KABUL — Drone strikes carried out by the United States have been criticized by many, including by human rights organizations who cite civilian casualties in Pakistan’s tribal areas and in other countries like Yemen, Iraq, and Somalia. There are online petitions calling for the U.S. drone program to be stopped at any cost, and there have been protests in Western capitals. Anti-war organizations in Western countries have made their opposition to drones a central pillar of their “pro-peace” mandates.
In the past few years, 90 percent of U.S. drone strikes have occurred in Pakistan’s tribal areas, targeting terrorists in one of the most dangerous parts of the world. This danger, and the area’s extreme geography, make it a place where very few people visit to report independently on events there. Drone strikes have generally targeted leaders of the following three terrorist organizations: al Qaeda, the Pakistani Taliban, and the Haqqani Network.
In June 2012, a U.S. drone strike killed al Qaeda’s deputy, Abu Yahya al-Libi, in Waziristan, Pakistan’s main tribal region. In August 2011, a U.S. drone strike killed Atiyah Abd al-Rahman, also in Waziristan. He was al Qaeda’s top operations commander and a close aide to Osama Bin Laden, killed in a U.S. commando raid earlier that year. In May 2010 another U.S. drone strike in Waziristan killed Mustafa Abu al-Yazid, al Qaeda’s chief financial officer, one of the organization’s founders and its third in command. More recently, in January this year another CIA drone strike killed al Qaeda’s American spokesperson, Adam Gadham, who was a leading jihadist recruiter in the West, along with Ahmed Farouq, another U.S. citizen (most probably recruited by Gadham).
Hundreds of other terrorists have been killed by drone strikes in Pakistan’s tribal region. In August 2009, a drone in Waziristan killed Baitullah Mehsud, leader of the Pakistani Taliban responsible for killing thousands of Pakistani civilians and for the assassination of Benazir Bhutto. In November 2013, another drone killed Hakimullah Mehsud of the Pakistani Taliban, who was responsible for the killing of nine CIA officers in Khost province of Afghanistan. In May 2013, Wali ur Rahman Mehsud, deputy of the Pakistani Taliban, was also killed by a drone strike. Together, these three individuals were responsible for the killing of hundreds of Afghan, Pakistani, and American citizens.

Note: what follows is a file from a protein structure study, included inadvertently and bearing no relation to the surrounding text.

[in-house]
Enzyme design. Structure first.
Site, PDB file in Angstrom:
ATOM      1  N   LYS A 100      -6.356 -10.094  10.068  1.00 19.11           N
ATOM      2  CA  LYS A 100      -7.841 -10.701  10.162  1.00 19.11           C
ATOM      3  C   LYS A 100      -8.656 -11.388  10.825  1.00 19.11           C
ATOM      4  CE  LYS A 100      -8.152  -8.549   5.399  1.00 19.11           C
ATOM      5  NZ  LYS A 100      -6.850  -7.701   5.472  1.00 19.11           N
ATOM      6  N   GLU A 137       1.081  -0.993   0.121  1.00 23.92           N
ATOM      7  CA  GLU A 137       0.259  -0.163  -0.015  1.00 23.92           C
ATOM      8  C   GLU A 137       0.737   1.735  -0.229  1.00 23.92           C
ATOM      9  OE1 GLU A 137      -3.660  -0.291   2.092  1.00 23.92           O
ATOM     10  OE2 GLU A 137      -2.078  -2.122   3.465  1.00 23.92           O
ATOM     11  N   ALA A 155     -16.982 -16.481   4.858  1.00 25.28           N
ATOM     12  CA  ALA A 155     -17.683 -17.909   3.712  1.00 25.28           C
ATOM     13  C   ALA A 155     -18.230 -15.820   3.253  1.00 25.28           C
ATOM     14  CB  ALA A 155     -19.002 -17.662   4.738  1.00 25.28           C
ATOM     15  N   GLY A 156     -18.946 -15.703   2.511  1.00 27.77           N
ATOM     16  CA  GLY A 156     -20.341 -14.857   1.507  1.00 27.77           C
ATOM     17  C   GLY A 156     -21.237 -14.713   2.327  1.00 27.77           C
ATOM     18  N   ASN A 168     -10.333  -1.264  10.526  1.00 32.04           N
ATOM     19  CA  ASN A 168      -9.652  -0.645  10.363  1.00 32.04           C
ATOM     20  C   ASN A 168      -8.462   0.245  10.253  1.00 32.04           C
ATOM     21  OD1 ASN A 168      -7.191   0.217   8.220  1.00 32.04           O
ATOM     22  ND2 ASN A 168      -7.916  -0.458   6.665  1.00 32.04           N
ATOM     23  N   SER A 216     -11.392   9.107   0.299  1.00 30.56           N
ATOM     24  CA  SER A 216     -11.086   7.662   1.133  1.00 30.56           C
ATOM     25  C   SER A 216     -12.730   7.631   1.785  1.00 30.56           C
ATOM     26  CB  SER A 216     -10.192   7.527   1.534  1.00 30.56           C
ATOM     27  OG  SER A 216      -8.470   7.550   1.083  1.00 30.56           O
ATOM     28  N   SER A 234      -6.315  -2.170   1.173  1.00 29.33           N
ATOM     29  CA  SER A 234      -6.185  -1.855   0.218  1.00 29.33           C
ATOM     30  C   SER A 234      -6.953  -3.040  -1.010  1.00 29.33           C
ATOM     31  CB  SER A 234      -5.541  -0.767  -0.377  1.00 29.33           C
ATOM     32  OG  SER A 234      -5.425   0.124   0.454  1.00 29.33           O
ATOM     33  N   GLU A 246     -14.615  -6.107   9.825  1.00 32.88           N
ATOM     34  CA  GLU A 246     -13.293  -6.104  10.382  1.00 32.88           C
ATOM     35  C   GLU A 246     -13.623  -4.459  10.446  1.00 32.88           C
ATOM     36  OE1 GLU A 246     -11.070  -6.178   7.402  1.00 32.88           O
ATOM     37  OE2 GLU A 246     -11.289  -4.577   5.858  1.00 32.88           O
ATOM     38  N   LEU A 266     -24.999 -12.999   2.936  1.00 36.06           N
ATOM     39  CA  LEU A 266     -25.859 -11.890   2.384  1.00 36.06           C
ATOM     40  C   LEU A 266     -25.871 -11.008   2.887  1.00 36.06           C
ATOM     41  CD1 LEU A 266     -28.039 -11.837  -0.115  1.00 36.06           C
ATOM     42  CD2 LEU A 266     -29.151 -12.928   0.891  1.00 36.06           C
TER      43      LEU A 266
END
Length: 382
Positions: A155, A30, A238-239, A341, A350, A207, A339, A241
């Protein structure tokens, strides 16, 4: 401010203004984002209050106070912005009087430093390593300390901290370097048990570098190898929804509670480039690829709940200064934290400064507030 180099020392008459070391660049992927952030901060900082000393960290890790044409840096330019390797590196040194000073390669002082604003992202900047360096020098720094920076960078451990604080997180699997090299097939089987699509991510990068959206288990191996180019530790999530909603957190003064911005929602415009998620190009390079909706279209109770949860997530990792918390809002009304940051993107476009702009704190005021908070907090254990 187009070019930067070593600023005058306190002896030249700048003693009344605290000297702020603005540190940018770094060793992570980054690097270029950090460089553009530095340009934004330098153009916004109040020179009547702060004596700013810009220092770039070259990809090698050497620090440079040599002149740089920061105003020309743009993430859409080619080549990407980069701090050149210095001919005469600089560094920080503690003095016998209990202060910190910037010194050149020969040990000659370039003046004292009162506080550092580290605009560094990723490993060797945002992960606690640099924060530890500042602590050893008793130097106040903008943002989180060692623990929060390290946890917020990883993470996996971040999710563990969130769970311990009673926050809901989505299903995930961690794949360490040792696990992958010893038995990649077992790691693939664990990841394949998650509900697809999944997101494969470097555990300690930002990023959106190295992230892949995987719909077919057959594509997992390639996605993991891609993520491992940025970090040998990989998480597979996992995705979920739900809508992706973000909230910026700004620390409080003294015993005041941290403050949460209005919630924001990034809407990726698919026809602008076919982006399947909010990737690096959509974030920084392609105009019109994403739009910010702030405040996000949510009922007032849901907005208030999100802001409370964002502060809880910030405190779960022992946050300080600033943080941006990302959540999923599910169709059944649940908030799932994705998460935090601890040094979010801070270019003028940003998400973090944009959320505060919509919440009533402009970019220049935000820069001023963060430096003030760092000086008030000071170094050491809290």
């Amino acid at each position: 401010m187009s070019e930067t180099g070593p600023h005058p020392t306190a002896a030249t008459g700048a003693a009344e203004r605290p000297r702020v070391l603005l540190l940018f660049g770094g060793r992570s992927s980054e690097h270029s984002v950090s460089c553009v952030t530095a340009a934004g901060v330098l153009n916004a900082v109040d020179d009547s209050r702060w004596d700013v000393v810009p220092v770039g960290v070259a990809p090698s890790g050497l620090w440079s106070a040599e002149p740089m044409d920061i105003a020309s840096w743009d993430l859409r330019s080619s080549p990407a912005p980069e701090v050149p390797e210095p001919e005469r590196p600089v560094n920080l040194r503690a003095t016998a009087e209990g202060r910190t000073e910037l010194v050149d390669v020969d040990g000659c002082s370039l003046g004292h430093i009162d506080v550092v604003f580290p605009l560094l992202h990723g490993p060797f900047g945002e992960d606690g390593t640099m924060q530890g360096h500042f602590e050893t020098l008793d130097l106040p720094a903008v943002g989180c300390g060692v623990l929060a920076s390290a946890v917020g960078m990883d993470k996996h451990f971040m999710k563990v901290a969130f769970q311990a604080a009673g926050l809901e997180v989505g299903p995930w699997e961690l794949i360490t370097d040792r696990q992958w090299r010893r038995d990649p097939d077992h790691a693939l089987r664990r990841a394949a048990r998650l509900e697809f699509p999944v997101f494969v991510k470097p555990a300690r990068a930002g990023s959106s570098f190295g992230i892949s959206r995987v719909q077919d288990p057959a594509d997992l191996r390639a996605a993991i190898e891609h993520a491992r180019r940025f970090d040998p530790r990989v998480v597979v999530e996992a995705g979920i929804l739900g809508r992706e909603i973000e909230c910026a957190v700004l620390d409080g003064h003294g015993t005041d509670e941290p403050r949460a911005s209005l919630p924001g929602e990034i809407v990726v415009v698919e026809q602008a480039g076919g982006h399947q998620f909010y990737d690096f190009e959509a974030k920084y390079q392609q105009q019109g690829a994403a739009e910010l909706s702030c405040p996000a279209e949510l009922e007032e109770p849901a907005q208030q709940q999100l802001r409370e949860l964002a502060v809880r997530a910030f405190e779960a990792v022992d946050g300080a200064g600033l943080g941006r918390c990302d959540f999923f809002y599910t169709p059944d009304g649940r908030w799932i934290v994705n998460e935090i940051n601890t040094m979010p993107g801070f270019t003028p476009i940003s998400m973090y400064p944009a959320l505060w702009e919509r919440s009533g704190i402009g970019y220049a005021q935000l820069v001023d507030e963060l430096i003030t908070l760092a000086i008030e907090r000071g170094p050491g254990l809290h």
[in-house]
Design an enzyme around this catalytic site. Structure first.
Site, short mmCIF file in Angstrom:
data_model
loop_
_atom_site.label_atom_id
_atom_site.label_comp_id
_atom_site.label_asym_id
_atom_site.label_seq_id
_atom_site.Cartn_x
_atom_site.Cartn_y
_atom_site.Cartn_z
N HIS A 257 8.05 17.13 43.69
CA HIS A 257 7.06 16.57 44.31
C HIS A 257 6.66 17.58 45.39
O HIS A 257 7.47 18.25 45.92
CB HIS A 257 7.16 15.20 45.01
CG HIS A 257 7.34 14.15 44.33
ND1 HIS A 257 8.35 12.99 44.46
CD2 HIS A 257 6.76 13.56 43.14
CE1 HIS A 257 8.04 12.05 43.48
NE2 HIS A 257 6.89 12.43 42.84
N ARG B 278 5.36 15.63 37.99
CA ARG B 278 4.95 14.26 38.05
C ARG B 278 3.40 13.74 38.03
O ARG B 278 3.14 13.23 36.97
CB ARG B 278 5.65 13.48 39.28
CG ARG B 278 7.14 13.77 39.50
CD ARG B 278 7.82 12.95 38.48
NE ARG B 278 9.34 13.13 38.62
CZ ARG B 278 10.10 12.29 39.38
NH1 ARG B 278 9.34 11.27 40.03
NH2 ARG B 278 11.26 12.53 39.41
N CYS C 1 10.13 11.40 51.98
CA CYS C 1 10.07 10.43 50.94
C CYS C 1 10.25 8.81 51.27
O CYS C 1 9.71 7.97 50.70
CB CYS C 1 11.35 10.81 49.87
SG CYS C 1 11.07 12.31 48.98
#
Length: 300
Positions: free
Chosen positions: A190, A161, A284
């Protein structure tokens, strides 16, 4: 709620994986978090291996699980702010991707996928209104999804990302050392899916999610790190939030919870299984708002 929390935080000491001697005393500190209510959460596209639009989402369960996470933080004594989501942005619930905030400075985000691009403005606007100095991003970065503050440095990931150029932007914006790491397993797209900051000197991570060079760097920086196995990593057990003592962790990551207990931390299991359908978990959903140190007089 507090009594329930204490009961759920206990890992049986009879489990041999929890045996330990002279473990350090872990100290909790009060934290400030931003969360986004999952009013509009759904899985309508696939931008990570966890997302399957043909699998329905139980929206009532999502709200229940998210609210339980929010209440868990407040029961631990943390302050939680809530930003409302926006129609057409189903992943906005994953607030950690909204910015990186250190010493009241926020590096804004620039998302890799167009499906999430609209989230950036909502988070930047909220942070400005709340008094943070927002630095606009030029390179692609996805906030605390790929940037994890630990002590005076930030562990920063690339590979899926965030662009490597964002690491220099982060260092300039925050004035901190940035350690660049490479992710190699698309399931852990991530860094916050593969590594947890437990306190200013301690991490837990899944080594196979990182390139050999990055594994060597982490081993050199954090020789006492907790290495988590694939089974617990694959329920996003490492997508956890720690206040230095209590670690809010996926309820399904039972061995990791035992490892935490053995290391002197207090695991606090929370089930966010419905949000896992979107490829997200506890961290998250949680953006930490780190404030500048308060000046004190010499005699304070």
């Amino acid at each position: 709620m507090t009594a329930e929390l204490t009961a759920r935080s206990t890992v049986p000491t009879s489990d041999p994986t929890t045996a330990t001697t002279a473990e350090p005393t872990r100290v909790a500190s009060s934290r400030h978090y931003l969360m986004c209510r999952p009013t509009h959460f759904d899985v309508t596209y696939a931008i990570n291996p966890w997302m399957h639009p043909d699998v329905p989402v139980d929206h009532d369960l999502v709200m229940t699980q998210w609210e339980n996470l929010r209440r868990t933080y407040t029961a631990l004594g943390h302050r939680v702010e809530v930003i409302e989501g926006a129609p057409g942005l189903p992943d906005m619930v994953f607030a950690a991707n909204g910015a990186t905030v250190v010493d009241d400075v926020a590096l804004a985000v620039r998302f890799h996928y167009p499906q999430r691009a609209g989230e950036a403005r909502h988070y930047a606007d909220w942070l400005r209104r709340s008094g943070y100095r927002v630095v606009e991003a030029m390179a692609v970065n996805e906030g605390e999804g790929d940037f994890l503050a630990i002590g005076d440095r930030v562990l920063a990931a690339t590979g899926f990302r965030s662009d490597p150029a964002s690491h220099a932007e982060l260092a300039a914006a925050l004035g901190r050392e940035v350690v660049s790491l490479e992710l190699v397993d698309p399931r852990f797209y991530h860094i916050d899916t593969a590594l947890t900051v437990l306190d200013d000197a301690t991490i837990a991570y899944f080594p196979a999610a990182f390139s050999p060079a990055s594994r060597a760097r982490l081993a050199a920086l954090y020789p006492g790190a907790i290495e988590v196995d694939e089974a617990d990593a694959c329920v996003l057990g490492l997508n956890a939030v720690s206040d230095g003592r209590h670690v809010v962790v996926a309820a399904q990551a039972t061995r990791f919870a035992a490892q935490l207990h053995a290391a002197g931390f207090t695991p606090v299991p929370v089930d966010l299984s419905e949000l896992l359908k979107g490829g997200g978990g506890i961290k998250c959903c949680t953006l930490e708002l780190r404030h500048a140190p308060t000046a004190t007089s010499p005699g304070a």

Mullah Sangeen Zadran and Badrudin Haqqani, leaders of the Haqqani Network, were each killed in separate CIA drone strikes in Pakistan’s tribal areas. The Haqqani Network is responsible for killing hundreds of American and Coalition soldiers in Afghanistan, mainly through suicide bombings.
It was al Qaeda that plotted the 9/11 attacks in New York, killing 3,000 innocent people. The Madrid train bombing killed 191 innocent civilians. The London metro bombing killed 52 innocent civilians. The list of al Qaeda attacks, and their hundreds of innocent victims, goes on. But what is too rarely understood is that it is in the region where drone strikes are concentrated, Pakistan and Afghanistan, that the overwhelming majority of victims of these terrorist groups can be found.